DISCLAIMERS: The characters of AMAZON HIGH are the sole property of Rob Tapert, RJ Stewart and Renaissance Pictures. No profit is being made and no copyright infringement is intended in the writing of this story.
POSSIBLE SLASH WARNING: Well, it takes place within the beginnings of the Amazon Nation, and after the Chieftainess proclaims that their new mission is a life without men in order to honour their dead husbands, sons, brothers and fathers. You can draw your own conclusions about how they while away the long, cold nights. :-) But not all stories will contain explicit scenes of a slash relationship. There is more to life, after all. :-)
The Beginning Again
Nyrea sighed as she closed the opening to her tent, and stripped herself of her clothing. She washed herself briskly with water from a bucket that stood in a corner, before she could no longer resist falling into her bed. It had been a long day.
It had been a long few weeks, with little opportunity for rest. Once the Utma - their saviour from the future - taught them how to harness the power of the horses, they had finally been able to defeat their enemy, the Varanas in a decisive battle. The Tretumlec men had been avenged. And now that the Varanas were no longer a threat, her tribe had felt safe to finally give up their nomadic ways and begin to rebuild their village, on this side of the river.
Thermodon, she murmured to herself. It was what the native people had named the river.
It was she who directed the rebuilding of their village, on this side of the Thermodon. And - now that Samsara had gone - it was she who had to spend time with Cyane, teaching her the way of the Tretumlecs.
No, not Tretumlecs. Not anymore. She smiled as she thought of the name that their Utma had given them.
With their new name, she knew that they had finally put the past behind them. It had taken a long time, but she had finally began to see some hope for their tribe. The mission she had proposed for them - that in honour of their lost fathers, sons, brothers, and husbands, they take no more men into their tribe but dedicate their lives to helping others - had motivated many of the Amazon women to finally move on. They had found a land where they were welcome, and the rebuilding plan drawn up by the Council of Elders was likely to be completed without interruption. All it would take was time, and it was time that they had right now.
Her head was buzzing with other plans for supply, sanitation and defence of the village... the younger Amazons should also probably be set on a training program immediately, teaching them the warrior way. And now that she was thinking of the younger Amazons, the issue of how they were to make more - now that men were no longer allowed in their tribe - would have to be addressed sometime. But that could wait until later. Right now, their main focus was to rebuild the village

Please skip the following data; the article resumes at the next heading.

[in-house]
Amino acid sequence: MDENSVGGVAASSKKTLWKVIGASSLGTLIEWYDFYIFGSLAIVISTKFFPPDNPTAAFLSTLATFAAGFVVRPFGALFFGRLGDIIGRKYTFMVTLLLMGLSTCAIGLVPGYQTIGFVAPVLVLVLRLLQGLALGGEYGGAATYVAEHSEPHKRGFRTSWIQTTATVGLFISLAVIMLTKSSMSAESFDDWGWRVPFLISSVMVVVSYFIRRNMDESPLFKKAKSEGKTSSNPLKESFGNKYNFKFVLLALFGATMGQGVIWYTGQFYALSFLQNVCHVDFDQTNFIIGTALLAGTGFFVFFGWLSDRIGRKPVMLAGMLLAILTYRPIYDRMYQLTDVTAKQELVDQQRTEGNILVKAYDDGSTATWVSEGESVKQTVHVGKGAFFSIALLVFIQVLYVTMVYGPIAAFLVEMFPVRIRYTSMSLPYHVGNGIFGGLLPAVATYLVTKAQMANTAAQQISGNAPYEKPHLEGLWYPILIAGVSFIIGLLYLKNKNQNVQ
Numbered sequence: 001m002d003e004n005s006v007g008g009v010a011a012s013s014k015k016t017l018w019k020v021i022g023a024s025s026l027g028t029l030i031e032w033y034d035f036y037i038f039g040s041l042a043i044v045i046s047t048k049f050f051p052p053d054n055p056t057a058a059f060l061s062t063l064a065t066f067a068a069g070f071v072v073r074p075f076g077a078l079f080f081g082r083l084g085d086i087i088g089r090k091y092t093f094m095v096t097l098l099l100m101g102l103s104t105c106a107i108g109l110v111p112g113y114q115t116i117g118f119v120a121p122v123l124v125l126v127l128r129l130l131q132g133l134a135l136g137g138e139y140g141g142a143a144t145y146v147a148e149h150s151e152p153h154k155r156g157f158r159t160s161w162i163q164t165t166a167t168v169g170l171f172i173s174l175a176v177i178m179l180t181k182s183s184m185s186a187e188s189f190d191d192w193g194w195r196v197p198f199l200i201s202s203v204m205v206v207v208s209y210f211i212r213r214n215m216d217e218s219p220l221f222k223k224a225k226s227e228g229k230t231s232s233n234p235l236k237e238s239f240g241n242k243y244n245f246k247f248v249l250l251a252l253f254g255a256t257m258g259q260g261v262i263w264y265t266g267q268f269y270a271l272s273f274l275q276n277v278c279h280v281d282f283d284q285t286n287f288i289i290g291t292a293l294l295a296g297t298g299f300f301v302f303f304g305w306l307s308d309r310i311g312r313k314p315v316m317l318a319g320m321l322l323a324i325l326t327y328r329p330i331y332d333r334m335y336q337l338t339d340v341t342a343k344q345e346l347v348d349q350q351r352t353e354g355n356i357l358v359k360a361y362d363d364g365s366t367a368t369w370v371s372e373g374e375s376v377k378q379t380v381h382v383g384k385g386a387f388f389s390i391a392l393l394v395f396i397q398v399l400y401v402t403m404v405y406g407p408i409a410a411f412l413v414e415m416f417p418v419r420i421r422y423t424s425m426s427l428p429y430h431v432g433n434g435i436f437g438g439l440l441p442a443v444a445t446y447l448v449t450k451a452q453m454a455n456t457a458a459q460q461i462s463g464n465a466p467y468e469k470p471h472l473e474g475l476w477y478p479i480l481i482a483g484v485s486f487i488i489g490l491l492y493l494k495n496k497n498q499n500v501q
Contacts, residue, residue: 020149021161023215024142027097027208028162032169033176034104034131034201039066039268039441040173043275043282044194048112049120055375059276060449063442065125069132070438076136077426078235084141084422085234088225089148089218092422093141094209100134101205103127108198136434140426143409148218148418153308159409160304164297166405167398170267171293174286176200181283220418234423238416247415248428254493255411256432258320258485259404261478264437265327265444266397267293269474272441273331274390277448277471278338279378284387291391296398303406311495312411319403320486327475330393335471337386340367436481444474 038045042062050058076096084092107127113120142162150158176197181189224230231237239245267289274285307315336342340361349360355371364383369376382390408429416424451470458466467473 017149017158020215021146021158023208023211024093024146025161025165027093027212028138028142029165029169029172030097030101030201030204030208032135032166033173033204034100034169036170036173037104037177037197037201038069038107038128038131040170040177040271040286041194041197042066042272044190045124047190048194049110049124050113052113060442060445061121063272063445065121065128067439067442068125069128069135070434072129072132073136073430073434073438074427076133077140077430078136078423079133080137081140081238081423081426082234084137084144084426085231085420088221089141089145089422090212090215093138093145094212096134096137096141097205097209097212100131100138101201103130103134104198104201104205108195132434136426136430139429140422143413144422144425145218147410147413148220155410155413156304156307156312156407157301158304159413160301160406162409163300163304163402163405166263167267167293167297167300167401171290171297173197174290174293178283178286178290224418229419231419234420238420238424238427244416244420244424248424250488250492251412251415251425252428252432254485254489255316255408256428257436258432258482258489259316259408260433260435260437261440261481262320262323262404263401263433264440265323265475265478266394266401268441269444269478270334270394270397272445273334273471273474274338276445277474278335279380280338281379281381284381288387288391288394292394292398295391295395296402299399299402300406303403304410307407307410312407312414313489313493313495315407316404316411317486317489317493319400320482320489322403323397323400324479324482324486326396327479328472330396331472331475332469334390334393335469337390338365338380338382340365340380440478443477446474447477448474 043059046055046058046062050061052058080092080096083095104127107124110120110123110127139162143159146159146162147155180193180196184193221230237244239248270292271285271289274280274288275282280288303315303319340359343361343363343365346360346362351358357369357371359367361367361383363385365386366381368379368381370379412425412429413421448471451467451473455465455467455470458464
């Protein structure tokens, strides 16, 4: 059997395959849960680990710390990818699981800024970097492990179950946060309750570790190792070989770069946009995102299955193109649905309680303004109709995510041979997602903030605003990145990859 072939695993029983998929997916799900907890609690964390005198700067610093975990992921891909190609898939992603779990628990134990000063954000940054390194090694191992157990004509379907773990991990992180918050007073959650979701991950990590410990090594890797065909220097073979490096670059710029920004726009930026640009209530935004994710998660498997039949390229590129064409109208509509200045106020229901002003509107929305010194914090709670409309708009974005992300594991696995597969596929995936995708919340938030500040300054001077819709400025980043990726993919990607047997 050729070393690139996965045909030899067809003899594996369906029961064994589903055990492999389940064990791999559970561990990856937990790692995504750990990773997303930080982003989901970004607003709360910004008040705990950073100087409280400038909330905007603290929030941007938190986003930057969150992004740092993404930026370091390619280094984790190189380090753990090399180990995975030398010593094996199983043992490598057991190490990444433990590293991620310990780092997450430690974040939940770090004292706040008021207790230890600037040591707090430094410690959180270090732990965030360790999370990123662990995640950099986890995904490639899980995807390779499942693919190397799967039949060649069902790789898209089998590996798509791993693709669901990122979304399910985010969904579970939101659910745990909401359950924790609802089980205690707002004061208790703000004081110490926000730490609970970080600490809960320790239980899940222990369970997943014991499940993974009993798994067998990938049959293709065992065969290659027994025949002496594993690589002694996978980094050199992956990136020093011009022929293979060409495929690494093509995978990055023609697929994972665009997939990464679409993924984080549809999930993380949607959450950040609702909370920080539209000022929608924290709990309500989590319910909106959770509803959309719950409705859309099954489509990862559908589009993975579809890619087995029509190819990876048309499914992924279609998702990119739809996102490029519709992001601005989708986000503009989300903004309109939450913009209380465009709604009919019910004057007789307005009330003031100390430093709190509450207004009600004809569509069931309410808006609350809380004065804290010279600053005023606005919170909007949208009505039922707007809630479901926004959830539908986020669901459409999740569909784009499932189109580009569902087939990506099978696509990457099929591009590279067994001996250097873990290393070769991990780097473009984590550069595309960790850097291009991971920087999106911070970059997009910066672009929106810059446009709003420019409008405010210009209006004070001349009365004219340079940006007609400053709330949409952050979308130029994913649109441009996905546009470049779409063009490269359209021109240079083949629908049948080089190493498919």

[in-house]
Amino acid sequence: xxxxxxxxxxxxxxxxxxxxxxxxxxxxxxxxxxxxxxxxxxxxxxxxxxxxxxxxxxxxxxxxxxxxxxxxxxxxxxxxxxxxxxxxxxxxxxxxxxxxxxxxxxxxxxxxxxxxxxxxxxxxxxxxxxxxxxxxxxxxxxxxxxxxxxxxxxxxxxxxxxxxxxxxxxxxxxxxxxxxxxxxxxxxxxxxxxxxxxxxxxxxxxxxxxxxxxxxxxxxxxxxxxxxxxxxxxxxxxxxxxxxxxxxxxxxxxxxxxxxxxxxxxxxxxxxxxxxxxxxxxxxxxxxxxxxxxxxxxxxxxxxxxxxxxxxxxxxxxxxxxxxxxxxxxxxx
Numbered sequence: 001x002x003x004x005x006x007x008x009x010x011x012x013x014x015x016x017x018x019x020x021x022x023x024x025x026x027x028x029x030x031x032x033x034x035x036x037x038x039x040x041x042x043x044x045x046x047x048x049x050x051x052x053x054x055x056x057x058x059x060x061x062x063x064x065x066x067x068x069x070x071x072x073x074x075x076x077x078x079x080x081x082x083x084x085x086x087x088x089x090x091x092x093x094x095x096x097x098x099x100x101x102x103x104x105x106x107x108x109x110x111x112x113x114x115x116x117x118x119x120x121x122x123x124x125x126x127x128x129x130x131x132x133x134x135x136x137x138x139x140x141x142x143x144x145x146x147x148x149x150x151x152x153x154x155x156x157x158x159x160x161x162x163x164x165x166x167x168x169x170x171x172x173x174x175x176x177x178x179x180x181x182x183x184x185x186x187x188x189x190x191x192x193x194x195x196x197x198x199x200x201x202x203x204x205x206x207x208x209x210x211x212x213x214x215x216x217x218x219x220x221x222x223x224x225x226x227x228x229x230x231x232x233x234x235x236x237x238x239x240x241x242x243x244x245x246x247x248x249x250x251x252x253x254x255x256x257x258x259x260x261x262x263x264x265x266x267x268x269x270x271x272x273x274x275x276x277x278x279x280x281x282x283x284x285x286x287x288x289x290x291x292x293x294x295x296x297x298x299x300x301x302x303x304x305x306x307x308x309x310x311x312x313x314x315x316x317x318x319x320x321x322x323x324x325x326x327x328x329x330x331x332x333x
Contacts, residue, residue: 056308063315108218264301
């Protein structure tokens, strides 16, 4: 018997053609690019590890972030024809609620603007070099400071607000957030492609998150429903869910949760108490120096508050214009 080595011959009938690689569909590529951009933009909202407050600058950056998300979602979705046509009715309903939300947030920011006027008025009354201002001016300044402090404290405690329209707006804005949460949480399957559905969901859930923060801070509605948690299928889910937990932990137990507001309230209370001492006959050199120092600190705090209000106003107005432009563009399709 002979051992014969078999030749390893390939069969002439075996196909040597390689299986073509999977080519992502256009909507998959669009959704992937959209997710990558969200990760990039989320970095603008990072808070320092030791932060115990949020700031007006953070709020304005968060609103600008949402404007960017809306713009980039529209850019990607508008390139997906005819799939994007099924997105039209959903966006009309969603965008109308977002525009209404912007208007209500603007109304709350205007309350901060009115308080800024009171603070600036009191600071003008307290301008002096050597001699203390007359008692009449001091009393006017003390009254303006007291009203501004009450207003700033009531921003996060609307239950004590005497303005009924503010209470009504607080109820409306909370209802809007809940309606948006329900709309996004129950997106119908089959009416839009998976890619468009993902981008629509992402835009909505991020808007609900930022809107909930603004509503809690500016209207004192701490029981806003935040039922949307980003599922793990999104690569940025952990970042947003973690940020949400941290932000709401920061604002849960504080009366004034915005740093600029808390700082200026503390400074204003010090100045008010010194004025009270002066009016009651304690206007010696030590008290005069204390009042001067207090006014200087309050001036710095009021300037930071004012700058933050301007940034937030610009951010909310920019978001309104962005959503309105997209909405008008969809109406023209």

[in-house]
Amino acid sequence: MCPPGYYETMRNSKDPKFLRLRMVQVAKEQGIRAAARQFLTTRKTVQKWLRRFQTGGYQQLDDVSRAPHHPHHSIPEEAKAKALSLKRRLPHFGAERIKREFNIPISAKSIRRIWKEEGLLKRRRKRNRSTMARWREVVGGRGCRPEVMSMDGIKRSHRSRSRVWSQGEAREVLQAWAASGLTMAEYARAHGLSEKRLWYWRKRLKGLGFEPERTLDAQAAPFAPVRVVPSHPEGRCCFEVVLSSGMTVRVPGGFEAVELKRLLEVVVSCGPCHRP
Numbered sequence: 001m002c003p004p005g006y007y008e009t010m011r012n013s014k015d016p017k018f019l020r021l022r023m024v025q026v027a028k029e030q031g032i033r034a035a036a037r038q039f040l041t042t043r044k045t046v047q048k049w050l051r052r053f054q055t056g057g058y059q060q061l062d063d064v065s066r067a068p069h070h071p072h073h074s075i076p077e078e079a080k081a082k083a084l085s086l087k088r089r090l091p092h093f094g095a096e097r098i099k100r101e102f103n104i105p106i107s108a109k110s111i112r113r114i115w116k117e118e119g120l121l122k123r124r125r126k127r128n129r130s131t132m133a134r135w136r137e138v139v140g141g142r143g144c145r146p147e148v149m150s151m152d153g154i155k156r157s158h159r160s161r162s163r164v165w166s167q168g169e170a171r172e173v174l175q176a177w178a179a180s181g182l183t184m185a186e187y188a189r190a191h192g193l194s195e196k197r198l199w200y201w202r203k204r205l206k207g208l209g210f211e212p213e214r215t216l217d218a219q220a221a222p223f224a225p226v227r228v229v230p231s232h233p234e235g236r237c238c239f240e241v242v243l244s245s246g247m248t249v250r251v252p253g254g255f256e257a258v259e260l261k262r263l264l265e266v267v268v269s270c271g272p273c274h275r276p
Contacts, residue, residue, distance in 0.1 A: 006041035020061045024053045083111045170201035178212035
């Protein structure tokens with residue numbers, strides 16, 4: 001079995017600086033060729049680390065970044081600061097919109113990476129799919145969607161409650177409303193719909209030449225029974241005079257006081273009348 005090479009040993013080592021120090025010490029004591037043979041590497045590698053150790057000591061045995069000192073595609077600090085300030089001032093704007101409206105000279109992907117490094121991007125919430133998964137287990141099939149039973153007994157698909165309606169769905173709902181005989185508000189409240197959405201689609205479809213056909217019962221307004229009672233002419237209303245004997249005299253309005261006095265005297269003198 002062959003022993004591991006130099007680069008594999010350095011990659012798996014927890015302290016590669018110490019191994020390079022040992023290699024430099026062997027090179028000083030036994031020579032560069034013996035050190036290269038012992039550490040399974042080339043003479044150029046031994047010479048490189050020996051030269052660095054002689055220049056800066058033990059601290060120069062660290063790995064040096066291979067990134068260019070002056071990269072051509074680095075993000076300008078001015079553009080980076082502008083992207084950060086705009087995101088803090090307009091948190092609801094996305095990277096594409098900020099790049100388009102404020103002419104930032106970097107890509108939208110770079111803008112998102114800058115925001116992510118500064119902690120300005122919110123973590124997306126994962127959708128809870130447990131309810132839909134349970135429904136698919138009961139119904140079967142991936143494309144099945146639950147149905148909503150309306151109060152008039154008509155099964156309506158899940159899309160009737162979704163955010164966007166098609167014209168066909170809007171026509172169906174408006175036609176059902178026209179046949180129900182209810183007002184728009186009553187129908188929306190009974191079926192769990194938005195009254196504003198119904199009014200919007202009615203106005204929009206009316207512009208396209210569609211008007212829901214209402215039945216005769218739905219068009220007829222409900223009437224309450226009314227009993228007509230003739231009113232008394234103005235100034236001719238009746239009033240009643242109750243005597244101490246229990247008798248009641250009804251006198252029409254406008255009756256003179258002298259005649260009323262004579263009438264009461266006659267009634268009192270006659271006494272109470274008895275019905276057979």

There was also one other problem, which everyone thought about but no one dared speak of.
Nyrea sighed, as she turned over in her bed.
Samsara, the greatest warrior in their tribe. Samsara had wanted to chase down the few remaining Varanas and slaughter them like sheep, but Nyrea saw no use in it. She had disagreed with her in public, and their confrontation had essentially cemented her authority over the tribe. Samsara had rode away on one of the horses and they had not heard from her since.
She had thought about her a lot, in the past few days. She and Samsara had been close, once, as close as if they were sisters. Nyrea had been a few years older, and the younger girls of the tribe had looked up to her as a leader. Samsara however, was a loner, preferring to practice her warrior skills or stay with her father and listen to the men talk of battle. It was Nyrea who approached Samsara first, and Samsara soon became her constant companion. They were a good match; Nyrea's cool demeanour soothed Samsara's fiery spirit, and she had come to depend on the younger girl as her second, someone who she knew was fiercely loyal, yet fiercely independent.
That had all changed when the Varanas raided their village. There had been smaller raids at first, when the cannibals had grabbed children of their tribe for their cooking pots.
Her soul recoiled at the thought.
The Tretumlecs had fought back, of course. They had long been warriors, even the women. But when it became clear that they were unlikely to stave off the advantage the Varanas had in numbers, the Chief had sent the children into hiding, with the women to protect them. None of them could bear the thought of another Tretumlec child being eaten by a Varanas.
But Samsara had begged her father to let her stay with the men. Samsara's mother had died in childbirth, and her father had doted over her since. He couldn't refuse her request if it would let them be together for a little while longer - even though it was likely that it would lead to her death. Besides, Samsara was already recognised as one of the best warriors in their tribe and they needed her fighting skills.
When the Varanas had attacked at night, the Tretumlec men had met their deaths bravely. Samsara however, had been asleep in one of their yurts. When she heard the Varanas' attack, she had been fully prepared to join the battle. But when she looked out, and saw the fierceness of their attack, their brutality as they sliced off the heads of her tribesmen and drank their blood, her first instinct had been to run, to hide, to flee the gruesome scene. The young girl shrank back into the safety of the yurt, hiding from sight as the cannibals entered, then sheltering under the fallen roof when they torched the building. And throughout it all, she was forced to watch as her tribesmen - including her father - were slaughtered, their death cries slicing the night air. That night was burnt indelibly into her soul.
Nyrea still remembered the morning after, when the women and children returned to camp, to find their husbands, sons, brothers and husbands all dead, bodies burnt and some picked clean of flesh. Her own mother - and many of the other women - had been driven mad by grief and horror right then.
With the wails of anguish echoing around her, she was the one who had found Samsara crouching beside her father's body. When she had touched her on the shoulder, her head jerked up. There were no tears in her eyes, just a haunting emptiness.